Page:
Second Everleaf Gaming Executive Arrested in Malta
Maltese authorities have announced a second arrest connected to the fall of Malta-based Everleaf Gaming, an online poker and gambling company that ceased all effective operations in late 2012, failing to make good on roughly €1,000,000 due to former players and to Maltese regulators in the form of taxes and licensing fees. Late last week, Malta news outlets reported the arrest of Austrian Jean Pavili in connection with the company’s failure.
Pavili, 42, is the second person arrested in connection with the company’s collapse. Back in September, Malta’s official online-gambling regulators body, the Lotteries and Gaming Authority (LGA) of Malta announced the arrest of Swedish Everleaf exec Michael Zwi Oros, 33, on similar charges.
Pavili and Zwi Oros were both subsequently identified as “beneficial” owners of the Everleaf operation, although the LGA to date has not itself issued a presser in conjunction with the Pavili arrest, as it did with that of Zwi Oros. The September LGA release did, however, note that an investigation into Pavili was also continuing at that time.
Pavili has received identical pre-trial release terms as those granted to Zwi Oros back in September: a bail deposit of €10,000 and personal guarantee of another €10,000, secured in an unspecified manner. The reports announcing Pavili’s arrest reiterated the basic allegations in the case — that the Everleaf owners allowed the small online gaming company to collapse while owing about €800,000 in unrefunded player deposits to former players of the site, largely United States players, and owe at least at additional €100,000 to the Maltese government in unremitted taxes and licensing fees. In addition to misappropriation, Pavili and Zwi Oros are also accused of attempting to relocate certain elements of corporate control — perhaps including bank accounts, though that is not specified — outside of Malta’s jurisdiction as the company crumbled in late 2012.
The Maltese bail order also dictated that €900,000 of Pavili’s assets, in Malta and elsewhere, be secured as collateral against the future trial.
The story of Everleaf’s collapse is well documented in industry media. Everleaf first encountered legal headwinds after having $27,000 seized by American authorities in February of 2012 from a third-party payment processor, Causash Establishment who was assisting the company in processing deposits and withdrawals for American players. Many offshore companies have suffered such operation hits while participating in the “grey market” service of the US, but in Everleaf’s case, it was widely rumored — though not officially detailed yet in the course of any trial or independent audit — that the company’s owners had long failed to keep player deposits protected and had long since absconded with those funds. In Everleaf’s case, the transactions in question were more “black” than “grey”; the warrant was issued by State of Washington authorities in conjunction with services provided by Everleaf to that state’s residents, where both offering and playing online poker are felonies.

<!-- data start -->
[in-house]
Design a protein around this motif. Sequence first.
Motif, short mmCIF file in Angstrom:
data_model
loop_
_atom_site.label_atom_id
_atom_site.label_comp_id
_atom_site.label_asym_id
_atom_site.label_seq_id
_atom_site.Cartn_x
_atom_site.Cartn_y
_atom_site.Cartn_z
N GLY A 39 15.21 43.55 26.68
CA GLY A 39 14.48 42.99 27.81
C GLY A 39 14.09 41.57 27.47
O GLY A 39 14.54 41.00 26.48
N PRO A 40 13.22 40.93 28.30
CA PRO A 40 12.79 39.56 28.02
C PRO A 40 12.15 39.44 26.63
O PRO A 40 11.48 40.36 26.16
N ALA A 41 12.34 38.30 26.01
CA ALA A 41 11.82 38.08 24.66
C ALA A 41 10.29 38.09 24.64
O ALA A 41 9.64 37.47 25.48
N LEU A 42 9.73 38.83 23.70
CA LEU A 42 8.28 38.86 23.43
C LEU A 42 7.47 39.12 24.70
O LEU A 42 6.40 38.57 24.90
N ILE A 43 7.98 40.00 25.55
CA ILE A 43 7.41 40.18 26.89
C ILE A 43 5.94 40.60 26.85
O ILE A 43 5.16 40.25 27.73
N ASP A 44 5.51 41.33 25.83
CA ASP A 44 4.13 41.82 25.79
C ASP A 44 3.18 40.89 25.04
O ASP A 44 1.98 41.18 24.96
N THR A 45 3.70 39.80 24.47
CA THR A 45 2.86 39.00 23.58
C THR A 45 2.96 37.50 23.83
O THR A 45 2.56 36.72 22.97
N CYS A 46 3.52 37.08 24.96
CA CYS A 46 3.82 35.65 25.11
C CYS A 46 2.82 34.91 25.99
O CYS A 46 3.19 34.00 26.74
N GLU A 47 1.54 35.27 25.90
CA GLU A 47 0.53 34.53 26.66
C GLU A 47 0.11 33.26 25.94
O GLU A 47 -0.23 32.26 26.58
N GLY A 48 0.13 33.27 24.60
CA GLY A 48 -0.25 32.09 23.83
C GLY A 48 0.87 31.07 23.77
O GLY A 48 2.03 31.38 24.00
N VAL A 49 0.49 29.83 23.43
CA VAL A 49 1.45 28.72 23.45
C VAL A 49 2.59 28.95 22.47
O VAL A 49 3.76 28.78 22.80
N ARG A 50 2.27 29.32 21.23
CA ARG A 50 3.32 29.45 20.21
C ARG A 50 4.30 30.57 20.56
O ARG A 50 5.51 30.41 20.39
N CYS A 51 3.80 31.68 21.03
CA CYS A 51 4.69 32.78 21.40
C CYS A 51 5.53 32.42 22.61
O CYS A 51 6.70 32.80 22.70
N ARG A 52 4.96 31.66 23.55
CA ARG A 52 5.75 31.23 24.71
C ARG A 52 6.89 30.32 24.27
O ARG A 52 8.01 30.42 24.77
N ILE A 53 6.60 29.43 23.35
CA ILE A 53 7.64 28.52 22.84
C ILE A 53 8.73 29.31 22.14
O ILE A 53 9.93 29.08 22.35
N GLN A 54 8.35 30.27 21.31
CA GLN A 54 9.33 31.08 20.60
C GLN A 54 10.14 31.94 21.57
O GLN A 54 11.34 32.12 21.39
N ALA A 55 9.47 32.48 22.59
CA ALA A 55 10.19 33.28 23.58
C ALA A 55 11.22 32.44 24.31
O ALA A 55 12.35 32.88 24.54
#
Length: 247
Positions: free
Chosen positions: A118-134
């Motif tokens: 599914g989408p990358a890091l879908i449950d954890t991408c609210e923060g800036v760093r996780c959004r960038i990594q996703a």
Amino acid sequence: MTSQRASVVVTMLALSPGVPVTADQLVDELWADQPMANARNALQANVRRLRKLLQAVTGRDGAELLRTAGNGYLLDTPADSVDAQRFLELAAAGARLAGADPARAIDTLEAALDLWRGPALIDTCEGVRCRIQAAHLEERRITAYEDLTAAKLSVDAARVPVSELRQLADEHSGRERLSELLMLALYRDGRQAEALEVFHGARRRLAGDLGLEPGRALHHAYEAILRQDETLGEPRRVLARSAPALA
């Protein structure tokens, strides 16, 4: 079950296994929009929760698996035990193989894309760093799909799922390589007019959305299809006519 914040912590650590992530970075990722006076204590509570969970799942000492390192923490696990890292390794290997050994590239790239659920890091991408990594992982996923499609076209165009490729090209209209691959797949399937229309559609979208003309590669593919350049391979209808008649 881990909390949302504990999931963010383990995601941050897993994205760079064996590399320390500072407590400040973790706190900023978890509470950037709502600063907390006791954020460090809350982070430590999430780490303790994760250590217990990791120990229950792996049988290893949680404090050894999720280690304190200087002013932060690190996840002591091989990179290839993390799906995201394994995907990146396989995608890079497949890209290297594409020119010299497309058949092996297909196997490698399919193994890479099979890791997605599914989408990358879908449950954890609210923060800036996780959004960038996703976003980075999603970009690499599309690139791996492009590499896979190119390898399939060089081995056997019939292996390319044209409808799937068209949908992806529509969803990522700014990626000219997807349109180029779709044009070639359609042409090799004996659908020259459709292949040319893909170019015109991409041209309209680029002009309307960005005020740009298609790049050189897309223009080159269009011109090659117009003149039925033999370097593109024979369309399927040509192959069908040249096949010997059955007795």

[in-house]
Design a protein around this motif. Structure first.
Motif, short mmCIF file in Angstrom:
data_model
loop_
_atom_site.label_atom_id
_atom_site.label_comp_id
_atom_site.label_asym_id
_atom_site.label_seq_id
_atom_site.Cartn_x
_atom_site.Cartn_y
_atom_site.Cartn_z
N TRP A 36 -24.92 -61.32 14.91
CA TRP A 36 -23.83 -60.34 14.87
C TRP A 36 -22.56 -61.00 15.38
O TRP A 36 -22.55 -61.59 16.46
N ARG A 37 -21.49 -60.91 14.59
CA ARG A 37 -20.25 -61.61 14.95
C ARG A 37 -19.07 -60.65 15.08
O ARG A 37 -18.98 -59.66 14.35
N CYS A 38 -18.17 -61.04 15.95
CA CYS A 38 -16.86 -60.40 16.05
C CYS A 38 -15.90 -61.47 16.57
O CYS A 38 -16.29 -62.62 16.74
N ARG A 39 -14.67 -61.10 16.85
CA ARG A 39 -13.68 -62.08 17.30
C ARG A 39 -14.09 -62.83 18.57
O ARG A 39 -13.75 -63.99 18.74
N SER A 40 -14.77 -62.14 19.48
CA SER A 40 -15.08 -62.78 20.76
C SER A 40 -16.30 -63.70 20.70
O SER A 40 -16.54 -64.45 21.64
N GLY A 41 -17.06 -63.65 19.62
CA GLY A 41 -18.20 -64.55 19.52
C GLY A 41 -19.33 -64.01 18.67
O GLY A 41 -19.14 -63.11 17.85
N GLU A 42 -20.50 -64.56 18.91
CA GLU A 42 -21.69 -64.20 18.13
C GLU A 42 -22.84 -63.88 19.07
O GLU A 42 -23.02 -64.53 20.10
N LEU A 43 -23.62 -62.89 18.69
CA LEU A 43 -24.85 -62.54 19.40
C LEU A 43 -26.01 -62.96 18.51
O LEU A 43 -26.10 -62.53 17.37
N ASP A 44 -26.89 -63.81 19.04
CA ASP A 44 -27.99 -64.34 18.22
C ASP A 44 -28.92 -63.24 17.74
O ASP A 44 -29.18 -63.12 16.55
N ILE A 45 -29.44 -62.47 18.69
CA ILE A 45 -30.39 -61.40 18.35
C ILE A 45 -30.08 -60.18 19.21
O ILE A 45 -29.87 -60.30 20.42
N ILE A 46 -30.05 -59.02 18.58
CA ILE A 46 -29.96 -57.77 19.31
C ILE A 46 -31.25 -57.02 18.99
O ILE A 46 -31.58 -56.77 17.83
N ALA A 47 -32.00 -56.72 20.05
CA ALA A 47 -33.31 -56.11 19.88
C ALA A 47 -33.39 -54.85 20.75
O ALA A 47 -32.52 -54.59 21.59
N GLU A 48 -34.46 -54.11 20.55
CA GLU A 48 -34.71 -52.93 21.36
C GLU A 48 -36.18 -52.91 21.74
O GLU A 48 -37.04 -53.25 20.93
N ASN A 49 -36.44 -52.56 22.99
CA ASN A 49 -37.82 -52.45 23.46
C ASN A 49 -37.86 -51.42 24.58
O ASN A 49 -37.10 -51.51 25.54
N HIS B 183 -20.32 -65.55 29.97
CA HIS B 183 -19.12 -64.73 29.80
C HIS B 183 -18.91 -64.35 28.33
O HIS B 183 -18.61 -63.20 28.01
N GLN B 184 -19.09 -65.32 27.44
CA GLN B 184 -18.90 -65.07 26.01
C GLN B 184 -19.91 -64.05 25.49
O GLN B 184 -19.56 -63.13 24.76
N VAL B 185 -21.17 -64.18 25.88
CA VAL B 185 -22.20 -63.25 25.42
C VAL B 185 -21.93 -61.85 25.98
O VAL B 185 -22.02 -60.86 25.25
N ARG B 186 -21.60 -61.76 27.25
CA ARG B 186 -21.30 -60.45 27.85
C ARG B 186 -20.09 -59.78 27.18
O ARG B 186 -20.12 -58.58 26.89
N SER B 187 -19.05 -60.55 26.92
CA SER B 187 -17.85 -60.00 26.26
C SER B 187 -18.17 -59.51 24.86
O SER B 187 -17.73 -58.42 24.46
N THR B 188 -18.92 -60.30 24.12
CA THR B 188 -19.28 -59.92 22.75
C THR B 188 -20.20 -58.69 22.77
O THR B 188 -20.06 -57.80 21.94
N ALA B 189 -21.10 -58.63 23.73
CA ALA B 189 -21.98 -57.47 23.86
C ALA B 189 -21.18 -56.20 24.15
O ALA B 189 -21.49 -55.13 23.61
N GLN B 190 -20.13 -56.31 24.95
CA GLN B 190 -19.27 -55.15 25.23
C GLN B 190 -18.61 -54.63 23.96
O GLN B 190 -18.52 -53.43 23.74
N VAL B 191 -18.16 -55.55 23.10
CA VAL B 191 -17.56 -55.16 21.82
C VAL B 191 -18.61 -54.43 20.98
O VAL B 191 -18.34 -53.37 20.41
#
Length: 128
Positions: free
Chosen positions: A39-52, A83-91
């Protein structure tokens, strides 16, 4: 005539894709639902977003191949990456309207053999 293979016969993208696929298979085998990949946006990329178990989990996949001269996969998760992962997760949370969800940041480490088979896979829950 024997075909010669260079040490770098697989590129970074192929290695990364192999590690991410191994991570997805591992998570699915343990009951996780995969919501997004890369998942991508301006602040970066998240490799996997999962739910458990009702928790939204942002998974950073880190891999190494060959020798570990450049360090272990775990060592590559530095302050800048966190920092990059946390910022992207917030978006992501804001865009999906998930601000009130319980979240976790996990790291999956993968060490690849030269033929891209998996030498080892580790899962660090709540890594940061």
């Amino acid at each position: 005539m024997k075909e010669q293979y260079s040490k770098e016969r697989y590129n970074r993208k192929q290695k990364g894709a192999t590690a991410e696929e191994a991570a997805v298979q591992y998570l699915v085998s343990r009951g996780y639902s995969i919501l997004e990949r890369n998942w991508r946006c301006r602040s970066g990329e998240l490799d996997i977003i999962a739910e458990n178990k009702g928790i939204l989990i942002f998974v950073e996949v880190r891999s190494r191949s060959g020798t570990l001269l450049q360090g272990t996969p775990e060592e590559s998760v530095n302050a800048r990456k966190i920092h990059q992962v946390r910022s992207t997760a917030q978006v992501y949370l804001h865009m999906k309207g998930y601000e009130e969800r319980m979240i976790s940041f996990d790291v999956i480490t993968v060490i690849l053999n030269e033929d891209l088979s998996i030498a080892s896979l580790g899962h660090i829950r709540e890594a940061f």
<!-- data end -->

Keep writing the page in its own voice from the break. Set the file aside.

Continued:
Everleaf quickly pulled out of the US market following the 2012 seizure while enacting a ridiculous series of conditions that essentially blocked its customers from attempting to reclaim or attempting to withdraw any of their online balances. That led to massive protests about the site to Malta’s LGA, which did nothing for over a year as consumer complaints mounted.
The LGA’s lengthy ineptness and stonewalling of Everleaf customers was one of several instances in recent years where the LGA proved ineffective in safeguarding player interests, cementing the island nation’s unfortunate reputation as a so-called “rubber stamp” licensing regime. The height of LGA ridiculousness was reached in July of 2013 when the regulatory body announced that it had finally suspended Everleaf’s gaming license, perhaps a full year after meaningful gaming activity on the site had already ceased taking place.
Since then, the LGA has conducted its own face-saving and image-remaking campaigns. That includes both a reorganization of the LGA itself, with new officials at the rudder, and the press announcements and arrests of officials such as Pavili and Zwi Oros.
The apparent refocusing on player protection is also evident in recent LGA pronouncements, as in a quote given by new LGA boss Joseph Cuschieri in conjunction with Pavili’a arrest and bail hearing. “We are committed to ensure that player funds are protected at all times,” Cuschieri told the Times of Malta,”and, to this effect, the LGA will be taking concrete measures to strengthen its player protection mechanisms well beyond the benchmarks in Europe and other jurisdictions.”